Religious watchdog groups warn secular society to cause ‘self-censorship’ among Christians

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Christians practice “various forms of self-censorship” and find it increasingly difficult to freely express their faith, even in historically Christian countries, according to a new study by religious watchdog groups.

The report, entitled “Perceptions on self-censorship: confirming and understanding the chilling effect”, was compiled by the Observatory on Intolerance and Discrimination against Christians (OIDAC) in Europe, OIDAC in Latin America and the International Institute for Religious Freedom. .

The data is based on “unstructured interviews” with people who have experienced what the report calls the “chilling effect” by which Christians self-censor their faith, even unwittingly.

The report also explains that “to acquire meaningful and specific data (and avoid general and vague assessments), it was decided to focus on four countries on two continents where secular intolerance, as a driving force of persecution, produces the most extreme expressions according to Open Doors International’s global watchlist, to observe the chilling effect in its purest form.”

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In Europe they interviewed Christians in France and Germany and in Latin America they chose Mexico and Colombia.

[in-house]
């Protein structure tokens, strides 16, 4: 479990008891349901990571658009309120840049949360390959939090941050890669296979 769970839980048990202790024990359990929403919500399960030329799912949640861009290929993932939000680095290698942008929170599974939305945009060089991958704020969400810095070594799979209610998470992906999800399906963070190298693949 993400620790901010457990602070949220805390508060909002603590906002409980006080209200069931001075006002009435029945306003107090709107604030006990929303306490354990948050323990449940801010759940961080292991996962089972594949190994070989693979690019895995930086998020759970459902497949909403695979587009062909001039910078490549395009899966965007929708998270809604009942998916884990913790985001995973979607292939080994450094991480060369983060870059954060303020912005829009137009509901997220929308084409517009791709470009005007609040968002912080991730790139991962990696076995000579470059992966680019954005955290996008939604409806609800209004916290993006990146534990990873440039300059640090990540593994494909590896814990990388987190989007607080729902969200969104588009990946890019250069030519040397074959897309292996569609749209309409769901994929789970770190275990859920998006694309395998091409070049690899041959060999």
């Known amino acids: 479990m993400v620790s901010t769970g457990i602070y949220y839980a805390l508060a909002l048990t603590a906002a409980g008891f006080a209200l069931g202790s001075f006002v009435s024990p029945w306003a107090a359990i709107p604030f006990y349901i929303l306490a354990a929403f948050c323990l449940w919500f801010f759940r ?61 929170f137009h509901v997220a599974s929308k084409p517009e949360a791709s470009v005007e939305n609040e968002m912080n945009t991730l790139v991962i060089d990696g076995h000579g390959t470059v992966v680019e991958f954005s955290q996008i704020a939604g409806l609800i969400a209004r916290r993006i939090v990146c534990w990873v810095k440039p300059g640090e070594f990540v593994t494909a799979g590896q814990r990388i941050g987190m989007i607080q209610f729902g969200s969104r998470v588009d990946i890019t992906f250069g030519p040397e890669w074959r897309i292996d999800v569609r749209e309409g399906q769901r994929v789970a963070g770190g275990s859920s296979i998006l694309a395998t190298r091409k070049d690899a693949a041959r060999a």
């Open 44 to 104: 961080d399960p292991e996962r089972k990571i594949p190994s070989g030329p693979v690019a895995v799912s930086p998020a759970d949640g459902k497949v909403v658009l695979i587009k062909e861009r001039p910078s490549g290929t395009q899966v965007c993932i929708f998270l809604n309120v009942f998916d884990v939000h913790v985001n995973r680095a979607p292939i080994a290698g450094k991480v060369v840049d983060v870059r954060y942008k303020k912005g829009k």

“Some people fear that they will face legal action or be penalized for discrimination, while others fear that they will be subject to disciplinary proceedings in their jobs or workplaces,” the report said. study.

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“With few exceptions, the majority chose to keep private their expressions of faith or opinions on matters related to life, marriage and family from a perspective of Christian doctrine because they had witnessed sanctions or lawsuits against colleagues or peers,” he added.

Although some of the incidents cited in the report may seem insignificant, the authors observed that “these many little things together cause ‘death by a thousand cuts'”.

The Sainte Chapelle (La Sainte Chapelle) of Lille Cathedral in France.

The Sainte Chapelle (La Sainte Chapelle) of Lille Cathedral in France.
(Bruce Yuanyue Bi via Getty Images)

“A few cuts do not kill and hardly hurt. But small, continuous strikes ultimately have an impact. We posit that the accumulation of seemingly insignificant incidents creates an environment in which Christians do not feel comfortable – in extent – to live their faith freely.Indeed, Western Christians experience a “chilling effect” resulting from perceived pressures in their cultural environment, linked to widely publicized court cases.

The study also observed that due to the subtle and usually non-physically violent nature of the paralyzing effect, “it is often misunderstood or even ignored and therefore remains largely invisible”.

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Without offering a definition of deterrent effect to respondents, the report also noted that some “were unaware of self-censorship in their own lives”, which the study described as “an important finding”.

Madeleine Enzelberger, executive director of OIDAC Europe, told Christian Today that the study “raises the following legitimate question: how is it possible, in a mature liberal democratic society, synonymous with tolerance, diversity and inclusive discourse and open, that people are afraid to speak freely what they think?

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